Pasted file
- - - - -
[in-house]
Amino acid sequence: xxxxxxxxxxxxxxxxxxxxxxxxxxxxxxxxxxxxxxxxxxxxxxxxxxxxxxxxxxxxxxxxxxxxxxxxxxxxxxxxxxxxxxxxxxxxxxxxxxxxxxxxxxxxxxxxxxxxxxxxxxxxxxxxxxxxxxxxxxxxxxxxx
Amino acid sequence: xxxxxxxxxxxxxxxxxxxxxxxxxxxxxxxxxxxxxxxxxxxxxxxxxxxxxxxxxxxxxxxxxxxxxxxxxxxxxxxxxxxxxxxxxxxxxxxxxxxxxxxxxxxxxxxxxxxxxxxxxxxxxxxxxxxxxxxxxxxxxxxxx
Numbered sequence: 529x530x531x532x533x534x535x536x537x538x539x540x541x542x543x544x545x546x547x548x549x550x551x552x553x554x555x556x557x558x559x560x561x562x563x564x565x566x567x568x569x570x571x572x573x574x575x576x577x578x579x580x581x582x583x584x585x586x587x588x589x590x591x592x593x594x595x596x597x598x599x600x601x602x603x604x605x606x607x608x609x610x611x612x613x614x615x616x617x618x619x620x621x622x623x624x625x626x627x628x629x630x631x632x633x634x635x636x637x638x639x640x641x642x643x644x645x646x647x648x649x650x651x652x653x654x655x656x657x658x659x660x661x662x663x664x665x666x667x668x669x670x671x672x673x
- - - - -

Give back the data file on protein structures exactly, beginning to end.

[in-house]
Amino acid sequence: xxxxxxxxxxxxxxxxxxxxxxxxxxxxxxxxxxxxxxxxxxxxxxxxxxxxxxxxxxxxxxxxxxxxxxxxxxxxxxxxxxxxxxxxxxxxxxxxxxxxxxxxxxxxxxxxxxxxxxxxxxxxxxxxxxxxxxxxxxxxxxxxx
Amino acid sequence: xxxxxxxxxxxxxxxxxxxxxxxxxxxxxxxxxxxxxxxxxxxxxxxxxxxxxxxxxxxxxxxxxxxxxxxxxxxxxxxxxxxxxxxxxxxxxxxxxxxxxxxxxxxxxxxxxxxxxxxxxxxxxxxxxxxxxxxxxxxxxxxxx
Numbered sequence: 529x530x531x532x533x534x535x536x537x538x539x540x541x542x543x544x545x546x547x548x549x550x551x552x553x554x555x556x557x558x559x560x561x562x563x564x565x566x567x568x569x570x571x572x573x574x575x576x577x578x579x580x581x582x583x584x585x586x587x588x589x590x591x592x593x594x595x596x597x598x599x600x601x602x603x604x605x606x607x608x609x610x611x612x613x614x615x616x617x618x619x620x621x622x623x624x625x626x627x628x629x630x631x632x633x634x635x636x637x638x639x640x641x642x643x644x645x646x647x648x649x650x651x652x653x654x655x656x657x658x659x660x661x662x663x664x665x666x667x668x669x670x671x672x673x